It's a brave man who uses a headline like that given the accuracy of Silver's predictions in last year's US presidential contest, but nevertheless I am going to confidently take issue with his claims reported in the Scotsman that the Yes side have "almost no chance" in the independence referendum. The main reason is that there are ample signs that his opinion is based on a fairly cursory look at the polling data - by contrast he would never put his neck on the line with a US political prediction without being totally immersed in every available statistic and variable.
1) He claims that the polling evidence is "pretty definitive" in putting the Yes side at 40% (give him his due here, he's at least not making the all-too-common schoolboy error of assuming that Don't Knows can be lumped in with Nos). But this ignores the Panelbase polls, which inconveniently and consistently diverge from the "definitive" pattern. Is Silver even aware of those polls? We don't know, but we do know that Panelbase is a credible polling company that adheres to British Polling Council rules, and we also know that no less a figure than Professor John Curtice has cautioned that for as long as one polling company is diverging from the others, it would be wrong not to at least consider the possibility that they are getting it right and that the others are getting it wrong.
2) He claims that the "No side is even more dominant with younger voters, so there's not going to be any generational thing going on". That's an utterly extraordinary claim given the number of polls - and not just Panelbase polls this time - that have suggested the complete opposite is true. For example, an Ipsos-Mori poll earlier this year showed that no fewer than 58% of 18-24 year olds were planning to vote Yes. Is Silver even aware of polls like that? Or did he just look at the MRUK youth poll that was so widely reported by our impeccably neutral media, and assume that must represent the "definitive" picture?
As Marcia has pointed out in the comments section at Wings, a further problem with Silver's remarks is one that is not specific to Scotland - namely the idea that No campaigns usually gain ground rather than lose it in referendums. (Again, to be fair, he at least doesn't make a prize idiot of himself in the way that Peter Kellner did by pretending that this represents some kind of unbreakable "iron law".) Matt Qvortrup made a similar grandiose claim recently, before backtracking somewhat on Twitter and conceding that the Yes campaign in the Montenegrin independence referendum did indeed gain ground as the campaign progressed - which they needed to do, because they looked likely to fall short of the artificial 55% threshold. But as Marcia has noted, a much better example is the monumental gains that the Yes campaign made over the course of the 1995 Quebec independence referendum campaign. Qvortrup apparently thinks that he can completely dismiss that example because Yes ultimately still lost by a whisker, but that's incredibly woolly thinking from an academic. The salient point is that huge numbers of Quebec voters who initially told pollsters they were planning to vote against independence ultimately walked into a polling station and voted in favour of it - and moreover they did so knowing that there was a severe "risk" that their votes could swing the balance. It was no protest vote.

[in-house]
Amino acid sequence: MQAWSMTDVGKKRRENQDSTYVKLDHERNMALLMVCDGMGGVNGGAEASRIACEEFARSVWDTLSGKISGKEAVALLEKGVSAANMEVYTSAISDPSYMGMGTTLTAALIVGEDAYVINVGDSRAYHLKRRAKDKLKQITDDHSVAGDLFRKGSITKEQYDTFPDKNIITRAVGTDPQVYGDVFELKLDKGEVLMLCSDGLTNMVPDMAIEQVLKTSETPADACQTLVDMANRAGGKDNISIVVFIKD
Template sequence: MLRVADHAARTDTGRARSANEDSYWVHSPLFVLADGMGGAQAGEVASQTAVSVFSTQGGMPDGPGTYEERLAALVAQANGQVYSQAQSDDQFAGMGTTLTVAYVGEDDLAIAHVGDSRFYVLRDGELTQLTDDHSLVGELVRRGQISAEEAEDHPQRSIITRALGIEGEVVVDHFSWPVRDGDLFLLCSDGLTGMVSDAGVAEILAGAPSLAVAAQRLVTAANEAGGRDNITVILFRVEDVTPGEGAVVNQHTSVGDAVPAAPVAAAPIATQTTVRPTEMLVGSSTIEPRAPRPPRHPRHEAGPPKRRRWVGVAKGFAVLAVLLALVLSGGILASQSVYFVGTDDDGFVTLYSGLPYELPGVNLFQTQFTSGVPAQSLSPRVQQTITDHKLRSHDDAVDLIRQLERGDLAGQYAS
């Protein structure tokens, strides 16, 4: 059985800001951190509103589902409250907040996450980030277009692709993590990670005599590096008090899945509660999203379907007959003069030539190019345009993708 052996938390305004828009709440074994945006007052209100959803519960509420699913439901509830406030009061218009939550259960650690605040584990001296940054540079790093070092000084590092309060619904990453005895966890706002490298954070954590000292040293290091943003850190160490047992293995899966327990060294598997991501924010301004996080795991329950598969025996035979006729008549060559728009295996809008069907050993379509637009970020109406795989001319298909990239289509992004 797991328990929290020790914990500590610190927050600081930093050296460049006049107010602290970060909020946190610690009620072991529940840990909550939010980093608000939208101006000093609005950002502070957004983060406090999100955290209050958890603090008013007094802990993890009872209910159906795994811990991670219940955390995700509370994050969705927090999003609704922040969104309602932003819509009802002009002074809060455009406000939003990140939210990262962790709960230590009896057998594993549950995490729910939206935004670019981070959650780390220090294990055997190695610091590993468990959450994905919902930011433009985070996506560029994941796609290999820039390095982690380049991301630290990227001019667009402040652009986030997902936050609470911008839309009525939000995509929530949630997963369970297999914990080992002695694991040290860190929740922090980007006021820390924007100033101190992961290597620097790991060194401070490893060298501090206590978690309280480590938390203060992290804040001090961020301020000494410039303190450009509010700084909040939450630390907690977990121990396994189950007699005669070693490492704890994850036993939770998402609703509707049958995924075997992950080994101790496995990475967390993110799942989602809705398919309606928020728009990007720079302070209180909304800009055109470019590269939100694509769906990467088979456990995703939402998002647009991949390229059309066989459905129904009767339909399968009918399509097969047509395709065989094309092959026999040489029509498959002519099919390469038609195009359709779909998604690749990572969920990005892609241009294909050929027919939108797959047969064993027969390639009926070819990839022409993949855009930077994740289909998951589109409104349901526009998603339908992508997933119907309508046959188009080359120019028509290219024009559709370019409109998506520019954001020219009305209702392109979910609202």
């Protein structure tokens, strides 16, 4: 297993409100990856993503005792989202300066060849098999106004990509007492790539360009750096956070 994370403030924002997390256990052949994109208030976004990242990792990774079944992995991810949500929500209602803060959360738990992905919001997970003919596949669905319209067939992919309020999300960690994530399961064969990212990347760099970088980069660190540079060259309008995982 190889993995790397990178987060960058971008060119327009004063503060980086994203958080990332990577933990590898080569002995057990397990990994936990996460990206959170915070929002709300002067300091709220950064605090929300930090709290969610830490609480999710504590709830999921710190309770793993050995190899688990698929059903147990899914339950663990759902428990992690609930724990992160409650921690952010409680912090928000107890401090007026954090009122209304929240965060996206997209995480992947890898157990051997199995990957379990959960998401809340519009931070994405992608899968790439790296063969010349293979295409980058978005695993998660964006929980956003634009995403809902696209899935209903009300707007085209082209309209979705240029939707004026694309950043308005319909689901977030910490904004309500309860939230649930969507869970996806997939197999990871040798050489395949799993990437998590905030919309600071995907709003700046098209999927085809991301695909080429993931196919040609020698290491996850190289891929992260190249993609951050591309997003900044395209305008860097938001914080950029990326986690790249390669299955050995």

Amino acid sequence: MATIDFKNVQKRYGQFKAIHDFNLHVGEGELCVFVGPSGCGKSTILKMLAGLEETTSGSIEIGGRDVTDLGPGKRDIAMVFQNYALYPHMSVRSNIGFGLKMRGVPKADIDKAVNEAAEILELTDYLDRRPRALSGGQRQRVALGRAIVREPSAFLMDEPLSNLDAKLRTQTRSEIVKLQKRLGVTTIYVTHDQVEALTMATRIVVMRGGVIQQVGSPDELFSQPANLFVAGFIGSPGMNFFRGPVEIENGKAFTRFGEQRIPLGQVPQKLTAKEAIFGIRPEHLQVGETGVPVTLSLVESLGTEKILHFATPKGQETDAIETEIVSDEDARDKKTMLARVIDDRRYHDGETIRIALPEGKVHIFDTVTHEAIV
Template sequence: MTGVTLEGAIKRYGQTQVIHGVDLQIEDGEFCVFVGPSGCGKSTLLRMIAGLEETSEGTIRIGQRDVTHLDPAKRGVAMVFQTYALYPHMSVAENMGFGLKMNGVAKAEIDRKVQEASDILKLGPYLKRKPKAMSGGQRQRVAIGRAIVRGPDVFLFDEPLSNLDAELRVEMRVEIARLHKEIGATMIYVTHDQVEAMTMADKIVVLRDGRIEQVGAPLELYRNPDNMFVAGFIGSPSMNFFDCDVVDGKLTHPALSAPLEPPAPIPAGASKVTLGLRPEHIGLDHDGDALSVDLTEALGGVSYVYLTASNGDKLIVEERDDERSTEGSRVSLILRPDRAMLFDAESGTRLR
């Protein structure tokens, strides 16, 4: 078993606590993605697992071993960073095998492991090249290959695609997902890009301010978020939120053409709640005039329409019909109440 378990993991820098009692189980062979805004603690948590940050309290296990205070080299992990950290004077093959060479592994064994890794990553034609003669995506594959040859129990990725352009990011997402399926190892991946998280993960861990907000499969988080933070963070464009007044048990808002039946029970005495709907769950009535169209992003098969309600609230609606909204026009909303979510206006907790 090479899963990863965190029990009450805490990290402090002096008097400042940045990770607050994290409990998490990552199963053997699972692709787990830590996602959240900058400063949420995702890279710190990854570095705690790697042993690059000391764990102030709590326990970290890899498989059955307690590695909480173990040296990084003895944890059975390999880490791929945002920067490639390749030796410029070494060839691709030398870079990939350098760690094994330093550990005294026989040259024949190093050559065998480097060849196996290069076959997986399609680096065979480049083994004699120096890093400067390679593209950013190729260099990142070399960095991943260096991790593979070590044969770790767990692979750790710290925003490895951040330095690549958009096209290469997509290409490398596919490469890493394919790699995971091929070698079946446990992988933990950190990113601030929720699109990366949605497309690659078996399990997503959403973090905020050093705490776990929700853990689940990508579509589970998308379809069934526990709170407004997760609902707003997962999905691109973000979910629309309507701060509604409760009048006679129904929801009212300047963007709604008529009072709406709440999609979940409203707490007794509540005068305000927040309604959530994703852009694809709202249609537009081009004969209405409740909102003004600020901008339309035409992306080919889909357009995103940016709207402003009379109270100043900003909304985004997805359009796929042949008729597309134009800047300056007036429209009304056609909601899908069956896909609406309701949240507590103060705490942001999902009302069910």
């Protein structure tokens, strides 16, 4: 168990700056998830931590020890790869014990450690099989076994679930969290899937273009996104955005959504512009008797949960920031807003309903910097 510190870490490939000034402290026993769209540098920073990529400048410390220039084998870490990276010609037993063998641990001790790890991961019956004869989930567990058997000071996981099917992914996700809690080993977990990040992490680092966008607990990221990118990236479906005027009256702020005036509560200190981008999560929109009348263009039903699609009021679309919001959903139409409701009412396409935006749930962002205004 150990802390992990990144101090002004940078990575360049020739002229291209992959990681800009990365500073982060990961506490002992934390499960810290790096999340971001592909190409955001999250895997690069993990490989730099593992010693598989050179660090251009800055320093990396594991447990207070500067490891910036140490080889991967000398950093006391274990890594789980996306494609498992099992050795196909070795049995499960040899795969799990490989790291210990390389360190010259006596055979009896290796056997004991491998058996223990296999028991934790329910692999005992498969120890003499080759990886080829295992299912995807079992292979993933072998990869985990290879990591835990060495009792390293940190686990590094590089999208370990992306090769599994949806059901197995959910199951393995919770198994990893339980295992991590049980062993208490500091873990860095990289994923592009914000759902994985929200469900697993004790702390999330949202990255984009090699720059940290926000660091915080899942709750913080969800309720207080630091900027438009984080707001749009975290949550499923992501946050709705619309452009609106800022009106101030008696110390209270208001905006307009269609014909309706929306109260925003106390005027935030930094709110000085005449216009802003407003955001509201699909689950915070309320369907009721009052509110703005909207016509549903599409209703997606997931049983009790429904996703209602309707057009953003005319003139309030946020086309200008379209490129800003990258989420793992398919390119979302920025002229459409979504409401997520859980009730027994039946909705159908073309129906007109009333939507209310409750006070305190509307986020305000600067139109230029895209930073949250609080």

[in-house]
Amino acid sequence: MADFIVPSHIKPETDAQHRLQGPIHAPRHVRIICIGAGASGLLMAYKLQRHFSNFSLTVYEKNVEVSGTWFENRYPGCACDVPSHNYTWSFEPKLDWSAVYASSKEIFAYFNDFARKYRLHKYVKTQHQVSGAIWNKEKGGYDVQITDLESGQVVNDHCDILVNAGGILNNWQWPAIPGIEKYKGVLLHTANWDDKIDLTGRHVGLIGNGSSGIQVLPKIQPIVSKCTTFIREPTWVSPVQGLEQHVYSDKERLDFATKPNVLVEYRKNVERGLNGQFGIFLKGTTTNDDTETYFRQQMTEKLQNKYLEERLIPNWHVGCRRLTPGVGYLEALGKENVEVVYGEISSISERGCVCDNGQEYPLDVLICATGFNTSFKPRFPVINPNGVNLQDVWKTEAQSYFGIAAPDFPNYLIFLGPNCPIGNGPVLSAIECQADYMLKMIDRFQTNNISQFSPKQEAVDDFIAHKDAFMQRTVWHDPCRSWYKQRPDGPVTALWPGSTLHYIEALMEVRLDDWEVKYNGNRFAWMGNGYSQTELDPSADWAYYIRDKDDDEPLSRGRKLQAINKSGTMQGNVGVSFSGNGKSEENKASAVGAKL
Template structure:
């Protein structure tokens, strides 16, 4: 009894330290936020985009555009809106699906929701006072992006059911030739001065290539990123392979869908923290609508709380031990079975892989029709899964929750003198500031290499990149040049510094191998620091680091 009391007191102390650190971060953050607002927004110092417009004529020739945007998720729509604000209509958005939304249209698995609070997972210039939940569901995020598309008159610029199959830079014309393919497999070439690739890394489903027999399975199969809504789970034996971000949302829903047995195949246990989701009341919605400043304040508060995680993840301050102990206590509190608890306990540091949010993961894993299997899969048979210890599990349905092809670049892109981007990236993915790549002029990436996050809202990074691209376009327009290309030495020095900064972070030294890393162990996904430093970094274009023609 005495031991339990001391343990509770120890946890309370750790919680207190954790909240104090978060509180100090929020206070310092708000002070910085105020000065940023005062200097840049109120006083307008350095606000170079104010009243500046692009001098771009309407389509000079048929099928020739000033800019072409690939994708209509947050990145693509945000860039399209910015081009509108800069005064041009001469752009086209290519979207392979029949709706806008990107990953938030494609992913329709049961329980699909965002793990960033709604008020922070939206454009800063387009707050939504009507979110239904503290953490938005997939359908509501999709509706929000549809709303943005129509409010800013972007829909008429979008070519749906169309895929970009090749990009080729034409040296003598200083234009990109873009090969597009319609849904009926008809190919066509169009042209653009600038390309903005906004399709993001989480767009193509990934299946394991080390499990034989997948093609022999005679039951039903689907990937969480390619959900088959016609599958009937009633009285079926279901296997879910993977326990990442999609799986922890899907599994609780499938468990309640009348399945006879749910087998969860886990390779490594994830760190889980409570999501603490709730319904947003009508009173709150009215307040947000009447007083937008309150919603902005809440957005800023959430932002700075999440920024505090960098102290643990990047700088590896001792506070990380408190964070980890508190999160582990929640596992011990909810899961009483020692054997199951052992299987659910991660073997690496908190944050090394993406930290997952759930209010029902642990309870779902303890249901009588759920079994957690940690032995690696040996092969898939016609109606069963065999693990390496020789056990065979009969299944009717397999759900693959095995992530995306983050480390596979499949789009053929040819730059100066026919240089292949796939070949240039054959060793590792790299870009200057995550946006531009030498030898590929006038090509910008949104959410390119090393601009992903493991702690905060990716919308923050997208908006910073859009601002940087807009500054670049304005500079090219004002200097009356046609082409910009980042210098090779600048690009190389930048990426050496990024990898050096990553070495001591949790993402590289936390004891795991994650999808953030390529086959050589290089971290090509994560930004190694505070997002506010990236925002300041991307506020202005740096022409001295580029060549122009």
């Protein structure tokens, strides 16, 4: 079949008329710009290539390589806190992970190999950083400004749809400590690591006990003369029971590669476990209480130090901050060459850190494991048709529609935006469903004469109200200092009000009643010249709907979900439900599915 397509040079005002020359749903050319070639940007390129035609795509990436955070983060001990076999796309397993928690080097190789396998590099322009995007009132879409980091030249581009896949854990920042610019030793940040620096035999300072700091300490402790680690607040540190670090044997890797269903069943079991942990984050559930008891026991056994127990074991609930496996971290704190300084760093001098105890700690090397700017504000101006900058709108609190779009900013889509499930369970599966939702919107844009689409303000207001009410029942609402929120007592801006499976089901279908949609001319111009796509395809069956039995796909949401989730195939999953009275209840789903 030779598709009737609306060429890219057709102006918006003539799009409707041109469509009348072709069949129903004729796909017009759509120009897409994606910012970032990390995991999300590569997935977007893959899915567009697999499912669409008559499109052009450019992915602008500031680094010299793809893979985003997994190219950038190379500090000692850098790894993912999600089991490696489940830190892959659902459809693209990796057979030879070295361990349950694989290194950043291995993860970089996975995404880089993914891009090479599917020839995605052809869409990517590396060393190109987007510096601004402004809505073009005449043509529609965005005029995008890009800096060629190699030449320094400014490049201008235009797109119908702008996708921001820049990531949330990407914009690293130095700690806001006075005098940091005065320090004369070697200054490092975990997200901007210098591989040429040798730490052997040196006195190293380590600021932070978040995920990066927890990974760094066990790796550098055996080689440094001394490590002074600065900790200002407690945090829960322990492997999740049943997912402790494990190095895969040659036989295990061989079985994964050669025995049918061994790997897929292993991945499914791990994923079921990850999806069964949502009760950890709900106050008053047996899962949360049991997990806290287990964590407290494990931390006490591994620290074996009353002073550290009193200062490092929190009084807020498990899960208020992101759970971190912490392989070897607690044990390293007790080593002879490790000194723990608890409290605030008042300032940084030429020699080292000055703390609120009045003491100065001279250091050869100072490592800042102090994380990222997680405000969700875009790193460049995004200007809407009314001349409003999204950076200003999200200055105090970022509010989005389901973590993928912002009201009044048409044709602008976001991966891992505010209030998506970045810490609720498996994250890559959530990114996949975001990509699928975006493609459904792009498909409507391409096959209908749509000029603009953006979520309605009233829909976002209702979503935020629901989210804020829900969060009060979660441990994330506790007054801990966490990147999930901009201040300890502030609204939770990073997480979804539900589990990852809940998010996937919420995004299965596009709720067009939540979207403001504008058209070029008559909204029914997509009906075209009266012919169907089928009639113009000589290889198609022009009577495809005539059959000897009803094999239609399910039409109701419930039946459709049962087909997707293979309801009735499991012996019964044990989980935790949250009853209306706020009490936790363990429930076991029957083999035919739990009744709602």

That was something that simply shouldn't have happened if you believe Silver, Qvortrup and Kellner - so why did it? My guess is that, paradoxically, the more important a referendum is, the less likely voters are to swing to No by default. The supposed tendency that Silver talks about is largely a side-effect of electorates so often being faced with relatively trivial matters in plebiscites. Take the AV referendum, for example - the prevailing attitude among the public seemed to be "I don't give a monkey's about this, it's irritating to even have to think about it, so unless someone can give me a very good reason I'll just vote to keep what we already have". That kind of lazy thinking clearly went out of the window for Quebec voters when they were faced with the most important choice of their lives, and I'm confident it will go out of the window for Scottish voters next year. We will be dealing with an electorate that is engaged like never before - and as recent research has shown, the better informed that voters consider themselves to be, the more likely they are to vote Yes.